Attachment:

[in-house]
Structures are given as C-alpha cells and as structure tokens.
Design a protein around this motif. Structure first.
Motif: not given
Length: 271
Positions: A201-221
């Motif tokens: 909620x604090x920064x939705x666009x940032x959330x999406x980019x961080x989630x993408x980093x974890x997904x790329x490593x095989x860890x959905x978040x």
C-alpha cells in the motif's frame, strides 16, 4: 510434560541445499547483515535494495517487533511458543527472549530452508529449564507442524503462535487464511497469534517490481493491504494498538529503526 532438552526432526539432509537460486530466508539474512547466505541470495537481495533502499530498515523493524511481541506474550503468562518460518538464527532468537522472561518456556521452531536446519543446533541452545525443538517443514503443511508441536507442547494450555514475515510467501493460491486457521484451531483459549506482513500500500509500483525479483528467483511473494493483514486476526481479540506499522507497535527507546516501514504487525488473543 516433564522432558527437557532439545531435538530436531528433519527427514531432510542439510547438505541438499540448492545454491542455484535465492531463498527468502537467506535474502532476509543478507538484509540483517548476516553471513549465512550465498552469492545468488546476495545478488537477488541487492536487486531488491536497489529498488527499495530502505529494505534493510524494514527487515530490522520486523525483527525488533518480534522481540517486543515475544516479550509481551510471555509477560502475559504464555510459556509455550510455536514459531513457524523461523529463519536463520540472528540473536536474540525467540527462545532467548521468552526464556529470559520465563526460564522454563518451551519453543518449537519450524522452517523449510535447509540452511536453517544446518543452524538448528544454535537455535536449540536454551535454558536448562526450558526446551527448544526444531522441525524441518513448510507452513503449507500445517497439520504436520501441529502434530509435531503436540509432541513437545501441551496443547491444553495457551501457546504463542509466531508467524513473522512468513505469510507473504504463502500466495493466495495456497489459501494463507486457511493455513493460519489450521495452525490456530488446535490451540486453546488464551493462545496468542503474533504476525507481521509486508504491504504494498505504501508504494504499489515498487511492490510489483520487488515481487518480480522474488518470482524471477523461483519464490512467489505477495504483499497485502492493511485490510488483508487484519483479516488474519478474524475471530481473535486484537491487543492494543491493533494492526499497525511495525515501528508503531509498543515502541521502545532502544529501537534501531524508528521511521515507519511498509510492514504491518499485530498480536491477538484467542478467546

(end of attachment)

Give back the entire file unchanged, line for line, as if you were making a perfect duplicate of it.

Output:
[in-house]
Structures are given as C-alpha cells and as structure tokens.
Design a protein around this motif. Structure first.
Motif: not given
Length: 271
Positions: A201-221
């Motif tokens: 909620x604090x920064x939705x666009x940032x959330x999406x980019x961080x989630x993408x980093x974890x997904x790329x490593x095989x860890x959905x978040x």
C-alpha cells in the motif's frame, strides 16, 4: 510434560541445499547483515535494495517487533511458543527472549530452508529449564507442524503462535487464511497469534517490481493491504494498538529503526 532438552526432526539432509537460486530466508539474512547466505541470495537481495533502499530498515523493524511481541506474550503468562518460518538464527532468537522472561518456556521452531536446519543446533541452545525443538517443514503443511508441536507442547494450555514475515510467501493460491486457521484451531483459549506482513500500500509500483525479483528467483511473494493483514486476526481479540506499522507497535527507546516501514504487525488473543 516433564522432558527437557532439545531435538530436531528433519527427514531432510542439510547438505541438499540448492545454491542455484535465492531463498527468502537467506535474502532476509543478507538484509540483517548476516553471513549465512550465498552469492545468488546476495545478488537477488541487492536487486531488491536497489529498488527499495530502505529494505534493510524494514527487515530490522520486523525483527525488533518480534522481540517486543515475544516479550509481551510471555509477560502475559504464555510459556509455550510455536514459531513457524523461523529463519536463520540472528540473536536474540525467540527462545532467548521468552526464556529470559520465563526460564522454563518451551519453543518449537519450524522452517523449510535447509540452511536453517544446518543452524538448528544454535537455535536449540536454551535454558536448562526450558526446551527448544526444531522441525524441518513448510507452513503449507500445517497439520504436520501441529502434530509435531503436540509432541513437545501441551496443547491444553495457551501457546504463542509466531508467524513473522512468513505469510507473504504463502500466495493466495495456497489459501494463507486457511493455513493460519489450521495452525490456530488446535490451540486453546488464551493462545496468542503474533504476525507481521509486508504491504504494498505504501508504494504499489515498487511492490510489483520487488515481487518480480522474488518470482524471477523461483519464490512467489505477495504483499497485502492493511485490510488483508487484519483479516488474519478474524475471530481473535486484537491487543492494543491493533494492526499497525511495525515501528508503531509498543515502541521502545532502544529501537534501531524508528521511521515507519511498509510492514504491518499485530498480536491477538484467542478467546